The Strange Career Of William Ellis

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The Strange Career of William Ellis: The Texas Slave Who Became a Mexican Millionaire

The Strange Career of William Ellis: The Texas Slave Who Became a Mexican Millionaire
  • Author : Karl Jacoby
  • Publisher :
  • Release Date :2016-06-13
  • Total pages :352
  • ISBN : 0393253864
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Summary : Winner of the Ray Allen Billington Prize and the Phillis Wheatley Book Award "An American 'Odyssey,' the larger-than-life story of a man who travels far in the wake of war and gets by on his adaptability and gift for gab." —Wall Street Journal A black child born on the US-Mexico border in the twilight of slavery, William Ellis inhabited a world divided along ambiguous racial lines. Adopting the name Guillermo Eliseo, he passed as Mexican, transcending racial lines to become fabulously wealthy as a Wall Street banker, diplomat, and owner of scores of mines and haciendas south of the border. In The Strange Career of William Ellis, prize-winning historian Karl Jacoby weaves an astonishing tale of cunning and scandal, offering fresh insights on the history of the Reconstruction era, the US-Mexico border, and the abiding riddle of race in America.

The Strange Career of William Ellis

The Strange Career of William Ellis
  • Author : Karl Jacoby
  • Publisher :
  • Release Date :2017-06-06
  • Total pages :352
  • ISBN : 9780393354171
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Summary : A black child born on the US-Mexico border in the twilight of slavery, William Ellis inhabited a world divided along ambiguous racial lines. Adopting the name Guillermo Eliseo, he passed as Mexican, transcending racial lines to become fabulously wealthy as a Wall Street banker, diplomat, and owner of scores of mines and haciendas south of the border. In The Strange Career of William Ellis, prize-winning historian Karl Jacoby weaves an astonishing tale of cunning and scandal, offering fresh insights on the history of the Reconstruction era, the US-Mexico border, and the abiding riddle of race in America.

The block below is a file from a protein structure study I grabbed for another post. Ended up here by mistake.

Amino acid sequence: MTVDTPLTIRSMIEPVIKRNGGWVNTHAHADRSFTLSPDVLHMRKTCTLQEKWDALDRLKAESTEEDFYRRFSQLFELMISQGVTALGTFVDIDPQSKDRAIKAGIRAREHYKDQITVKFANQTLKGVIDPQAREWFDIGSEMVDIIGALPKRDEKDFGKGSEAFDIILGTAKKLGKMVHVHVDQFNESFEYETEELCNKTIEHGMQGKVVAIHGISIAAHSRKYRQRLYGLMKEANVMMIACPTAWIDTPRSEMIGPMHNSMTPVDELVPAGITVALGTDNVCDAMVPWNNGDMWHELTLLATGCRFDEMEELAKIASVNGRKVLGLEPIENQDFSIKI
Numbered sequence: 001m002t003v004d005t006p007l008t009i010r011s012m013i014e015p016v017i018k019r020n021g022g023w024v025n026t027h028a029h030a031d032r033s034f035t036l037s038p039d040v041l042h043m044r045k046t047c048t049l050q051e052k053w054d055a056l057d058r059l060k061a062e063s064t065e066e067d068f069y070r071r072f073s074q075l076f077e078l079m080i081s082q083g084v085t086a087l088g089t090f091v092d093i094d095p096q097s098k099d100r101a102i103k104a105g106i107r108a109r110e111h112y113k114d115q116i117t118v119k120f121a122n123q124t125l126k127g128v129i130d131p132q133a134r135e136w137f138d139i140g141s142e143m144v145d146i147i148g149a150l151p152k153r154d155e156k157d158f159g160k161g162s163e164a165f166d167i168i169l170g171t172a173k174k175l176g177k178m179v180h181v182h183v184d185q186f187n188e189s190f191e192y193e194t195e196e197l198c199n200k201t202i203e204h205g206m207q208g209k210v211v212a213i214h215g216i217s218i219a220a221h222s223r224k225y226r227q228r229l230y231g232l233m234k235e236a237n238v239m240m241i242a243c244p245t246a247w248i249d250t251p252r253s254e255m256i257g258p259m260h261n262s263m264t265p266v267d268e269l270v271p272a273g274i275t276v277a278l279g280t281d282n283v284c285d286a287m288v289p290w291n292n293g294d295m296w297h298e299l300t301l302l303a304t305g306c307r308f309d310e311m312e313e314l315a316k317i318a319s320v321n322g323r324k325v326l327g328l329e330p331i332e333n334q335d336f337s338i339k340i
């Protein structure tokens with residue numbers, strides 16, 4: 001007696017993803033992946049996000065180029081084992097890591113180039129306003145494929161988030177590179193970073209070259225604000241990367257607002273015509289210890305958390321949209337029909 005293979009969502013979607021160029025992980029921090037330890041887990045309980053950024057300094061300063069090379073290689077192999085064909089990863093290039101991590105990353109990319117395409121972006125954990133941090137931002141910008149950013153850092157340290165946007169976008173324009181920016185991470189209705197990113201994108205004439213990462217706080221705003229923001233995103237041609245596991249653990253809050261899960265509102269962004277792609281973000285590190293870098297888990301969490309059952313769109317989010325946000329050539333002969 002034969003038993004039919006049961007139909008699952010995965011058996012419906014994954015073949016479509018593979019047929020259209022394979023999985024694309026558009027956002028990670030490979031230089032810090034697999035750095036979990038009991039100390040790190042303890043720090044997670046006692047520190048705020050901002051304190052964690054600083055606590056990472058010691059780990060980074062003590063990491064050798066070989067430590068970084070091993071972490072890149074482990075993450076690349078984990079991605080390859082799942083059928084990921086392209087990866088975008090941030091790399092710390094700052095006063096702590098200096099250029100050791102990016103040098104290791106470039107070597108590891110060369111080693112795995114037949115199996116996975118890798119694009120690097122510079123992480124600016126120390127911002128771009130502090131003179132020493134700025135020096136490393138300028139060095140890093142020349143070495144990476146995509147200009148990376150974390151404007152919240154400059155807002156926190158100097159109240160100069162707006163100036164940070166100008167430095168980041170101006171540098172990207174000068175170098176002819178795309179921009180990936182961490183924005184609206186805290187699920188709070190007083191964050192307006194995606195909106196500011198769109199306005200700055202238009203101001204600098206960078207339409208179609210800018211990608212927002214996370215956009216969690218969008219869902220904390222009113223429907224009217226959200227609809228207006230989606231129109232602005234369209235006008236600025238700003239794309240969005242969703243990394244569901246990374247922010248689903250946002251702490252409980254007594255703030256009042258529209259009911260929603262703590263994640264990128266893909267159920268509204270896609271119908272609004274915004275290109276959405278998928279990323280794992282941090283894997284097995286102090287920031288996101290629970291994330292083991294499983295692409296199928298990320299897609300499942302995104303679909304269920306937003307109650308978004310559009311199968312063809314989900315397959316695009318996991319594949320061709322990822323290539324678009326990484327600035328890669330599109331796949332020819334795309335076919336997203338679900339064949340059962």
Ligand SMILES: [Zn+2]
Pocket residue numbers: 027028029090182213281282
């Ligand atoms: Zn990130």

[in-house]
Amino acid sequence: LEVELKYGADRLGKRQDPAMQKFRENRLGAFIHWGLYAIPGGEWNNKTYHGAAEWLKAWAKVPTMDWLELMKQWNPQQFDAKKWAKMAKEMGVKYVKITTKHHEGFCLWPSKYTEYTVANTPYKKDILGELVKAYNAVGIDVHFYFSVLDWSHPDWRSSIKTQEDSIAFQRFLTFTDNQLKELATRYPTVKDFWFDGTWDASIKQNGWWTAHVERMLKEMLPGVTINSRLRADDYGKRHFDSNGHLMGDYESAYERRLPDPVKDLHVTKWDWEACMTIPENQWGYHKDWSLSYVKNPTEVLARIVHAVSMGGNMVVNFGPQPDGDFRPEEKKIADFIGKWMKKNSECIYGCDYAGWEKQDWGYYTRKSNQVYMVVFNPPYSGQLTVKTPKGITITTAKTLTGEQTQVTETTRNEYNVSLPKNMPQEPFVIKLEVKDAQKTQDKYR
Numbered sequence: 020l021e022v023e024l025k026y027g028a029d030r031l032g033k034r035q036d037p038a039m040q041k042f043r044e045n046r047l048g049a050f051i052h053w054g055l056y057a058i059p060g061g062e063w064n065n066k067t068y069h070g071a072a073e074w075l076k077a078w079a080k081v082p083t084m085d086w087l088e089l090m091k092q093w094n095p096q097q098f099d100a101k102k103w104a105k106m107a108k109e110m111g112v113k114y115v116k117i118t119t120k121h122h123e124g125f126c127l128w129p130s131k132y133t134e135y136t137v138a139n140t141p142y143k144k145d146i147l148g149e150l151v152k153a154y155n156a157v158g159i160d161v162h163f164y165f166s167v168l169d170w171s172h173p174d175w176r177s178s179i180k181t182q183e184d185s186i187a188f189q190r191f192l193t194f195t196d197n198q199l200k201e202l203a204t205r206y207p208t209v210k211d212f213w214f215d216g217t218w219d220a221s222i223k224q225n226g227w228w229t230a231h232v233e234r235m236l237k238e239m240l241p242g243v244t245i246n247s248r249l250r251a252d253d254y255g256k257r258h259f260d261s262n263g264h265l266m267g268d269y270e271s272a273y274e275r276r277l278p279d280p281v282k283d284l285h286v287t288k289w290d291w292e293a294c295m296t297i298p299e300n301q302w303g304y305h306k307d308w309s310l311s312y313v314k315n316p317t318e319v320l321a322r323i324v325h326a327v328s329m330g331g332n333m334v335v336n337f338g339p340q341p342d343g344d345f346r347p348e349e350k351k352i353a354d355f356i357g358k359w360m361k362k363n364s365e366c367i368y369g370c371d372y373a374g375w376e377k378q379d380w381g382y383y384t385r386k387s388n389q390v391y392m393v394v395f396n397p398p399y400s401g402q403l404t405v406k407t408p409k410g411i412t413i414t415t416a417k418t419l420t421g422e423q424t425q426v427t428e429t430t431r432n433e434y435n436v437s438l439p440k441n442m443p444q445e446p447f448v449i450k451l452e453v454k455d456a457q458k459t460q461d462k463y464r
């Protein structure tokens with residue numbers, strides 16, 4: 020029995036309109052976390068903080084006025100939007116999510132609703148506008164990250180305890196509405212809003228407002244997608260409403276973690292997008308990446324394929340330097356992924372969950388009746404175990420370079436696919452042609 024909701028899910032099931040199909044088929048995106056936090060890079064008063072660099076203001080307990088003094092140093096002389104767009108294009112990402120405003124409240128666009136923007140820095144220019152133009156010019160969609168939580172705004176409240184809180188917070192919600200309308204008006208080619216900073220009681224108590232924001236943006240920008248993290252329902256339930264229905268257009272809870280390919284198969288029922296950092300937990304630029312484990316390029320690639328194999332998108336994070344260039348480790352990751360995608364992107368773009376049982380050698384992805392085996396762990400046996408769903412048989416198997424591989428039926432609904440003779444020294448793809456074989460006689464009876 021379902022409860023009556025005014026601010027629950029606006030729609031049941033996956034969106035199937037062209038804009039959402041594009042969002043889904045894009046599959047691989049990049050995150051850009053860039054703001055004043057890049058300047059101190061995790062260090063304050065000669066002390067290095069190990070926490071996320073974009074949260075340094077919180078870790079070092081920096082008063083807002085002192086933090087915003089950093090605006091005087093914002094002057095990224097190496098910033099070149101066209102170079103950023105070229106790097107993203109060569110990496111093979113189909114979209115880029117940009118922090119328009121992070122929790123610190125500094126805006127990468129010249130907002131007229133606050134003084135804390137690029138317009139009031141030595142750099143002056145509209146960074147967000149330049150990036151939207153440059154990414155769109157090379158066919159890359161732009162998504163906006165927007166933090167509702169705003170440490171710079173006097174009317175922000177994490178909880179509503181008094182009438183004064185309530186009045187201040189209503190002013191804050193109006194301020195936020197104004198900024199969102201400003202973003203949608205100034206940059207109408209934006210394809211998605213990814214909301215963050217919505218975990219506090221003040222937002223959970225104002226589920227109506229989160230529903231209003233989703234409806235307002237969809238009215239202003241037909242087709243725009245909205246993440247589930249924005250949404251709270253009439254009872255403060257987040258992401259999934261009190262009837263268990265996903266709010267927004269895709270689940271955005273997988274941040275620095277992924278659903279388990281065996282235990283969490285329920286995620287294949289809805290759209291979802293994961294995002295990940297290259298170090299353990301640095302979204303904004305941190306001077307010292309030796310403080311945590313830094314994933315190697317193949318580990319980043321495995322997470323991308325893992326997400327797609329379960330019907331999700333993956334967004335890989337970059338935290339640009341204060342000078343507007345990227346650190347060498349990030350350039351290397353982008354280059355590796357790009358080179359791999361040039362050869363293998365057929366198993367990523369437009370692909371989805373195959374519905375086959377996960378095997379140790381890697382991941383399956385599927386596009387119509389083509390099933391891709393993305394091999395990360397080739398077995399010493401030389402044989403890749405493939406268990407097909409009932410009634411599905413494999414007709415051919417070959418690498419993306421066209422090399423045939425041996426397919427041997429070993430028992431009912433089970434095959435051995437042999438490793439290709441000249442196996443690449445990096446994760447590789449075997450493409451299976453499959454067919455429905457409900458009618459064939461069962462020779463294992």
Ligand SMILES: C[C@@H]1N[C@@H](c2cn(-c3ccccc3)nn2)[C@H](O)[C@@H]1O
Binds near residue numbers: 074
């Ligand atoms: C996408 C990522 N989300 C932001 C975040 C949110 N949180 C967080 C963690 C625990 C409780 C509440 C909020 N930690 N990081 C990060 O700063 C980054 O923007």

The Strange Career of William Ellis

The Strange Career of William Ellis
  • Author : Karl Jacoby
  • Publisher :
  • Release Date :2016
  • Total pages :304
  • ISBN : 9780393239256
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Summary : A prize-winning historian tells a new story of the black experience in America through the life of a mysterious entrepreneur.

Shadows at Dawn

Shadows at Dawn
  • Author : Karl Jacoby
  • Publisher :
  • Release Date :2009-11-24
  • Total pages :384
  • ISBN : 1101159510
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Summary : A masterful reconstruction of one of the worst Indian massacres in American history In April 1871, a group of Americans, Mexicans, and Tohono O?odham Indians surrounded an Apache village at dawn and murdered nearly 150 men, women, and children in their sleep. In the past century the attack, which came to be known as the Camp Grant Massacre, has largely faded from memory. Now, drawing on oral histories, contemporary newspaper reports, and the participants? own accounts, prize-winning author Karl Jacoby brings this perplexing incident and tumultuous era to life to paint a sweeping panorama of the American Southwest?a world far more complex, diverse, and morally ambiguous than the traditional portrayals of the Old West.

Texas and Northeastern Mexico, 1630-1690

Texas and Northeastern Mexico, 1630-1690
  • Author : Juan Bautista Chapa
  • Publisher :
  • Release Date :2010-06-28
  • Total pages :247
  • ISBN : 029278984X
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Summary : In the seventeenth century, South Texas and Northeastern Mexico formed El Nuevo Reino de León, a frontier province of New Spain. In 1690, Juan Bautista Chapa penned a richly detailed history of Nuevo León for the years 1630 to 1690. Although his Historia de Nuevo León was not published until 1909, it has since been acclaimed as the key contemporary document for any historical study of Spanish colonial Texas. This book offers the only accurate and annotated English translation of Chapa's Historia. In addition to the translation, William C. Foster also summarizes the Discourses of Alonso de León (the elder), which cover the years 1580 to 1649. In the appendix, Foster includes a translation of Alonso (the younger) de León's previously unpublished revised diary of the 1690 expedition to East Texas and an alphabetical listing of over 80 Indian tribes identified in this book. Chapa was also an authority on the local Indians, and his Historia lists the names and locations of over 300 Indian tribes. This information, together with descriptions of the vegetation, wildlife, and climate in seventeenth-century Texas, make this book essential reading for ethnographers, anthropologists, and biogeographers, as well as students and scholars of Spanish borderlands history.

Goddess of Anarchy

Goddess of Anarchy
  • Author : Jacqueline Jones
  • Publisher :
  • Release Date :2017-12-05
  • Total pages :480
  • ISBN : 154169726X